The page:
The "regular" 2016 NSX puts out a total of 573 horsepower and 623 pound-feet of torque. The mid-mounted V-6 mill delivers 500 ponies and 406 pound-feet, while the electric motor between the engine and transmission cranks out an additional 47 horsepower and 109 pound-feet of torque. Two motors on the front axle each generate 36 horsepower and 54 pound-feet. With the additional power that would come with the additional of a Type R badge, the Type R should be one hell of a ride.
The 1991 to 2005 NSX spawned a Type R version about two years into the product-cycle, first as a Japan-only Honda and then as an Acura in the United States as well. With over 250 pounds of weight removed compared to the standard NSX, the Type R offered blistering track performance but a much more low-tech cabin due to its lack of air conditioning and less sound-deadening materials. The new NSX Type R will probably not be as barebones as the first generation though, with most of the performance additives coming from the improved hybrid technology sported by the model.
Updated 06/28/2016: Based on the recent rumors, we decided to create a rendering for the upcoming NSX Type R. Let us know in the comments section below what do you thin about it.
Continue reading to find out more about the Acura NSX Type R.
The original Acura NSX went on sale in 1990 and pretty much turned the supercar world upside down. It was fast, powerful, and it represented what every supercar wanted to be. Very rarely does a Japanese supercar make an Italian titan like Ferrari look over its shoulder. The original NSX did just that. It’s too early to say if the successor to that model, the 2016 Acura NSX, will do the same thing, but when you consider the current state of the supercar segment today, it has to be even more special than the original if it has any hope of standing out.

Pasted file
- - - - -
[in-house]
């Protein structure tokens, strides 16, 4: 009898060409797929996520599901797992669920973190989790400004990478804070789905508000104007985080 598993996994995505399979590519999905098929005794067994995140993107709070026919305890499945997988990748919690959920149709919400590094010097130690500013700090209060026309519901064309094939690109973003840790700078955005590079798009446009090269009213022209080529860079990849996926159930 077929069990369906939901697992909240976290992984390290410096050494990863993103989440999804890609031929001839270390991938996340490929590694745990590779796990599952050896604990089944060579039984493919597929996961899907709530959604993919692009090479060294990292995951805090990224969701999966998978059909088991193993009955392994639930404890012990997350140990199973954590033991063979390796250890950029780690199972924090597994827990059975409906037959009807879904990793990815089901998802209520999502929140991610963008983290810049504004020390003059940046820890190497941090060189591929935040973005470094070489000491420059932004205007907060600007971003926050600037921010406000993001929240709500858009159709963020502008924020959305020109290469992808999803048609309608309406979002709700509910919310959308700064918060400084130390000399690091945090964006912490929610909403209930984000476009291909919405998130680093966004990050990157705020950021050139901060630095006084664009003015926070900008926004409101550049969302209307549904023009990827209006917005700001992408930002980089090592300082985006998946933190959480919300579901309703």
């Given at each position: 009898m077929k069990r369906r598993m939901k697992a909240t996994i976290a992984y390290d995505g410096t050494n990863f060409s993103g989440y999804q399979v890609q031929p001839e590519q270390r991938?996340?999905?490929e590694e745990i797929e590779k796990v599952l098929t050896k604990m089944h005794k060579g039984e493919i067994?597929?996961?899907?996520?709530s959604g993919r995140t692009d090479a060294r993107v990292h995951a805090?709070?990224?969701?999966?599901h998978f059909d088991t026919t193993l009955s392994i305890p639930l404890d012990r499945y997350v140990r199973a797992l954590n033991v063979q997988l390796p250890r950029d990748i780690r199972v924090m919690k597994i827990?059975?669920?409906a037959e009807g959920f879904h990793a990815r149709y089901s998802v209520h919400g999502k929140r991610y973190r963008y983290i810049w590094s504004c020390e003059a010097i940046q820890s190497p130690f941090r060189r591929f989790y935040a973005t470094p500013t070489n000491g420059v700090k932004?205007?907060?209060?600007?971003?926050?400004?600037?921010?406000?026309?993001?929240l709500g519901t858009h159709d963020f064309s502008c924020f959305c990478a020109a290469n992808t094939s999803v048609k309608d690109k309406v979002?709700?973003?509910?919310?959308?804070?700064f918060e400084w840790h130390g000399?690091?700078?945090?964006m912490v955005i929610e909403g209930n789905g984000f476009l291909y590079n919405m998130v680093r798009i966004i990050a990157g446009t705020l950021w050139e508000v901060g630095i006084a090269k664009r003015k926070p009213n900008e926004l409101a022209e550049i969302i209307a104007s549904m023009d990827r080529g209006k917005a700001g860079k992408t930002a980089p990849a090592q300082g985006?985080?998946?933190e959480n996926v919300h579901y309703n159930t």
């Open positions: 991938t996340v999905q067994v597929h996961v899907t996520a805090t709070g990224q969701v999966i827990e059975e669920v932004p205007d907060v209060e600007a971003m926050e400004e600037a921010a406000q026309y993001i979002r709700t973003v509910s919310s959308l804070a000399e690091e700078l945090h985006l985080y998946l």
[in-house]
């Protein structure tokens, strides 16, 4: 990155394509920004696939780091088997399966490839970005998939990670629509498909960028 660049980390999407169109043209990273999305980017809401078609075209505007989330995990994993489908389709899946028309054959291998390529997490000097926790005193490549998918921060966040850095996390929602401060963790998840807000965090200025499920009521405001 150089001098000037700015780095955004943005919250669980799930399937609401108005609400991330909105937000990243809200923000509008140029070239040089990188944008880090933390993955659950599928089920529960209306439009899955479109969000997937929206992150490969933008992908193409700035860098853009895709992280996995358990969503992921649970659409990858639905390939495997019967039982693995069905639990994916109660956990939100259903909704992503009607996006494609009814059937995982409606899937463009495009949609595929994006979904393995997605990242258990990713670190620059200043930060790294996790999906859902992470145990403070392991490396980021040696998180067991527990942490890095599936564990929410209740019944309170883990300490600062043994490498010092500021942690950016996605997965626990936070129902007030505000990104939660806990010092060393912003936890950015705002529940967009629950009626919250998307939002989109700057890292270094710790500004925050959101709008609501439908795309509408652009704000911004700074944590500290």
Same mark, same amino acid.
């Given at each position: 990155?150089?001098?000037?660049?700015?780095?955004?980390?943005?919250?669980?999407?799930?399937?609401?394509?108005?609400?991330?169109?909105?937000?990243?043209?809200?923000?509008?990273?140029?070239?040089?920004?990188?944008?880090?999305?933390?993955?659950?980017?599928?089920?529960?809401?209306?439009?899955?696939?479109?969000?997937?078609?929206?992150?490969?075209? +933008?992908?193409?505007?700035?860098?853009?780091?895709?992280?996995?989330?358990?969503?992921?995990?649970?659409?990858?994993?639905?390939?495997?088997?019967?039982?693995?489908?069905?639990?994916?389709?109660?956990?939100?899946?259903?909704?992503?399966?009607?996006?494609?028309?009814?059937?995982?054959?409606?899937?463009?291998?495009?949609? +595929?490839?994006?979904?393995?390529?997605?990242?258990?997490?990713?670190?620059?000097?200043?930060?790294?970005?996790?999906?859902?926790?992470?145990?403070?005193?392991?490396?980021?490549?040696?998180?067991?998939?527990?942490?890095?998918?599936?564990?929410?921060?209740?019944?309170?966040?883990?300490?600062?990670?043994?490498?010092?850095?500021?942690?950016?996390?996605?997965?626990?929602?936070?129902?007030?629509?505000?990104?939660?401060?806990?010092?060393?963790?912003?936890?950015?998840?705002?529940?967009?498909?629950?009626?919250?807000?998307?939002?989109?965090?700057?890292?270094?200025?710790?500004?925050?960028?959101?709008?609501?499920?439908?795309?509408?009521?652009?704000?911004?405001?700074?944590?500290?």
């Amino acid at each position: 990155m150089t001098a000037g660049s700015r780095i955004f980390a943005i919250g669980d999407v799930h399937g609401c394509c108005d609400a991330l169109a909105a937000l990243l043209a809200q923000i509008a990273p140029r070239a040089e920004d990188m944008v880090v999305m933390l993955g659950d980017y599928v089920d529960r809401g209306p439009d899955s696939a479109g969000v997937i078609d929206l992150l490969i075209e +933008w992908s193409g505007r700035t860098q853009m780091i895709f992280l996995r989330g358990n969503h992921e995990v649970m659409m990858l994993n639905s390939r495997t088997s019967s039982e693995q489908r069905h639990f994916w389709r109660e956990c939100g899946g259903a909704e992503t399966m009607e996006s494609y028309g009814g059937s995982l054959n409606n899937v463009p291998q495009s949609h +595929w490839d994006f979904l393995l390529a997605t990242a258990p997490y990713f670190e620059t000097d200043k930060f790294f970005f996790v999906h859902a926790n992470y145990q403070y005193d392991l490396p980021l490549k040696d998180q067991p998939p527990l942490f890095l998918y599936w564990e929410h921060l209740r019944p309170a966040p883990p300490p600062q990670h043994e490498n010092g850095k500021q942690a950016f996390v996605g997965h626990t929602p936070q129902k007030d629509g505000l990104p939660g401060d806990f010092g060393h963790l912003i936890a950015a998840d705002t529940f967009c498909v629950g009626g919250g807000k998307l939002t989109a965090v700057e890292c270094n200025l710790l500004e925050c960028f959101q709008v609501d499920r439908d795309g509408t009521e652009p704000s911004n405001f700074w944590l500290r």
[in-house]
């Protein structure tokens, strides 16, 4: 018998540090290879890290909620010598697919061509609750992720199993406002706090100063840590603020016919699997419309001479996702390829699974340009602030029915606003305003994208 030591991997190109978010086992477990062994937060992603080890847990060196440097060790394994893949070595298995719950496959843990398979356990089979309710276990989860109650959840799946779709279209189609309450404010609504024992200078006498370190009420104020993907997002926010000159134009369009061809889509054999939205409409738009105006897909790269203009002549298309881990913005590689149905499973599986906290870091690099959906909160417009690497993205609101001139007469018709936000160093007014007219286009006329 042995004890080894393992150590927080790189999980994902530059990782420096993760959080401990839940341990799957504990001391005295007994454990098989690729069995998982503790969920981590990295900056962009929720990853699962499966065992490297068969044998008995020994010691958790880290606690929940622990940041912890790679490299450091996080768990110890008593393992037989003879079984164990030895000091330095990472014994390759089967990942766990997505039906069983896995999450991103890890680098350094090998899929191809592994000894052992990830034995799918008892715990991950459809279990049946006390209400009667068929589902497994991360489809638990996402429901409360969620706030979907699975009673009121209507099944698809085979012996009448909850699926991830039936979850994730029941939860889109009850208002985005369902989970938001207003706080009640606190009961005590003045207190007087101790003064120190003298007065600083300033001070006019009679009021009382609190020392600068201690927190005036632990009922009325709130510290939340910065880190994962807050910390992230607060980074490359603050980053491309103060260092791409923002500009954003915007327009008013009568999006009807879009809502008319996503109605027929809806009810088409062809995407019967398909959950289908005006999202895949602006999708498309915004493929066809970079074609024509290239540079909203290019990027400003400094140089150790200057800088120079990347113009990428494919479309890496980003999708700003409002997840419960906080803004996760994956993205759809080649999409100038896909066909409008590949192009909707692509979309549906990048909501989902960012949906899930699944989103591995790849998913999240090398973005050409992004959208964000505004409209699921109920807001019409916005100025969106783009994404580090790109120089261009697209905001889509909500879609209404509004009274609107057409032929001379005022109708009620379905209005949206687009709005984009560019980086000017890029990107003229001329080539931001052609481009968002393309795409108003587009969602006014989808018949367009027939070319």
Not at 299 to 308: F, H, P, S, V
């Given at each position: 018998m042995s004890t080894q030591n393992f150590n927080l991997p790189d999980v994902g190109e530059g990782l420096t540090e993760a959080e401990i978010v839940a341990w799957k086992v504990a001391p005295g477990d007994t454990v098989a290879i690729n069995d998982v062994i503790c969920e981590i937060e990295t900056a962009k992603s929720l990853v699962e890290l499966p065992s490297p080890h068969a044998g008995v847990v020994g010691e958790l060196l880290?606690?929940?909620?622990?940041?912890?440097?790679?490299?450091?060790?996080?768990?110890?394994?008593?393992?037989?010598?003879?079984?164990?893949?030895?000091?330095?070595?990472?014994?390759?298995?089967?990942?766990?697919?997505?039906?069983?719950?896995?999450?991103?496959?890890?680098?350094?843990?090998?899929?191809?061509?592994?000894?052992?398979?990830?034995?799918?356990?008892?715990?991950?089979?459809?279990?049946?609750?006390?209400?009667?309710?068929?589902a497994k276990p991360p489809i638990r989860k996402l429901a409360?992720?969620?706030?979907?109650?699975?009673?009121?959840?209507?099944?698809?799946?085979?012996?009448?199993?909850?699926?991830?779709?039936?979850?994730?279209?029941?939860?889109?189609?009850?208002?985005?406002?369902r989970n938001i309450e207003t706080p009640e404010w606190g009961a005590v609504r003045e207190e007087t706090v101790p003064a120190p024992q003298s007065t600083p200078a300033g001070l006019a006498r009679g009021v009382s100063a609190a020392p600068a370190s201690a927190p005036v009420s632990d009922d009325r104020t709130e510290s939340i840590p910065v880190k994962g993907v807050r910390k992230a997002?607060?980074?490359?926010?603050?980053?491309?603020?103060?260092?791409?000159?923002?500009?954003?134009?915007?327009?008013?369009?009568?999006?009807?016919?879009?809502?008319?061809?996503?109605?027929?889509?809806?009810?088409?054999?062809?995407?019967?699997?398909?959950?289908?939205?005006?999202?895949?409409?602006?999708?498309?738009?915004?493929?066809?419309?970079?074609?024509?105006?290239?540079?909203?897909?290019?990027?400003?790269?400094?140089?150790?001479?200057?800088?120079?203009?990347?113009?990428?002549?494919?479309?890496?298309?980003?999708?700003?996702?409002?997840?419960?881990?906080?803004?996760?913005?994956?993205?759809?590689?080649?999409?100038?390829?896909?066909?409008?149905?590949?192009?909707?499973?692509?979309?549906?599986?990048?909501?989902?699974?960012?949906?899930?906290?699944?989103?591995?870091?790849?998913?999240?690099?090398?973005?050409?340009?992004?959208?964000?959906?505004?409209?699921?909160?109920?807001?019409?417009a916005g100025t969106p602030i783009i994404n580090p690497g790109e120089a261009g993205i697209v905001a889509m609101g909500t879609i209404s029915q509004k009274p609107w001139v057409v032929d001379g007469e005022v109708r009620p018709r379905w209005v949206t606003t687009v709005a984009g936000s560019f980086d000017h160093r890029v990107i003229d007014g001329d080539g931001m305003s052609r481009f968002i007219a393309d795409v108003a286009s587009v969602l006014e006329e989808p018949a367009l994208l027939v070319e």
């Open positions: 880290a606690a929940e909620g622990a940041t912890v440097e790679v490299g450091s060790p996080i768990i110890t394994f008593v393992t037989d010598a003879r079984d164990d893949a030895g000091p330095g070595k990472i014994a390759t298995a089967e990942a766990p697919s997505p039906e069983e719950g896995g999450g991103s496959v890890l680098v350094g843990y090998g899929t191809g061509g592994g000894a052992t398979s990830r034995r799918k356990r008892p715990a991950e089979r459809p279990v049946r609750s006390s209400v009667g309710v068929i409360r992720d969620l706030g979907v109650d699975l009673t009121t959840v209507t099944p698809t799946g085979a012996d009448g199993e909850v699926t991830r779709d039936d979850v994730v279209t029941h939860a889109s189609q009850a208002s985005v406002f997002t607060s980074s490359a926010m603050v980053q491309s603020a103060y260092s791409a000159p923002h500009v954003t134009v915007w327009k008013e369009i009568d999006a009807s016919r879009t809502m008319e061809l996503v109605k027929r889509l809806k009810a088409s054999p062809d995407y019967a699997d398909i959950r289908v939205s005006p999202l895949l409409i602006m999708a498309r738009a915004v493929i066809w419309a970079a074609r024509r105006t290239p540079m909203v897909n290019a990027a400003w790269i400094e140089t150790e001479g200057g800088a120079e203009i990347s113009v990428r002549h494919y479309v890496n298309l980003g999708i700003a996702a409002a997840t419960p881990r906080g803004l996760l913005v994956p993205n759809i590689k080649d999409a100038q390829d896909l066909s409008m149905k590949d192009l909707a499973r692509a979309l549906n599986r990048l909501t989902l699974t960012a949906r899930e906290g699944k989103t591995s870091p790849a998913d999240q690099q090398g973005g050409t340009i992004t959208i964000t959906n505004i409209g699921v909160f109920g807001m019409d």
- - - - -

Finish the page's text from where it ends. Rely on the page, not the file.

The latest episode of Ignition sought to shed some light on what we can expect from the NSX when it hits the market in 2016. Motor Trend featured editor, Jason Cammisa, was given the task of giving the NSX a proper shakedown. Cammisa dove deep into Acura’s new supercar, providing quality analysis on some of the NSX’s most notable features — including its torque-vectoring capabilities, its multitude of driving modes, and most importantly, its “supercar-ness”.
The Acura NSX has all the elements to be a true supercar. But, is it going to be as popular as the model that forced Ferrari to rethink its own philosophies? The early returns seem to be on the ‘nay’ side, but only because the original NSX set the bar so high that nothing short of a five-star supercar would be good enough for it. The new NSX looks to be a winner, but a five-star winner? Suffice it to say, it’s got a lot to prove to be able to reach that status.
The long-awaited second generation 2016 Acura NSX is slated to finally hit the streets in 2016. This week, there’s a custom-built 1991 Acura NSX convertible advertised at a used-car lot in Massachusetts making the rounds of the Internet, and it’s a reminder that a roadster version of the 2016 NSX is all but a foregone conclusion. A series of renderings picked up by a Dutch online newspaper show patent-office photos of a car that looks suspiciously like an NSX with a removable roof panel.
Acura hasn’t released any details or even confirmed that a convertible version of the NSX is planned (no prototypes have been spied in testing that we know of, either), but it’s a safe bet that such a car would follow the coupe’s introduction within a year or so, and use the same hybrid-boosted V-6, all-wheel drive and nine-speed, dual-clutch transmission as the coupe.
There was never a convertible version of the original NSX, so the body rigidity of the roadster in Massachusetts might be a little suspect, especially since there’s no mention of who built it. The conceptual images that have surfaced show what appears to be a removable roof panel that leaves a sculpted rear deck when down, similar to the drop-top version of the new NSX that appeared in the 2012 Marvel blockbuster The Avengers, with Robert Downey, Jr. as Tony Stark at the wheel.This design also looks like it retains much of the coupe’s structural rigidity.
Continue reading to learn more about the Acura NSX Roadster.
Meet the Once and Future King.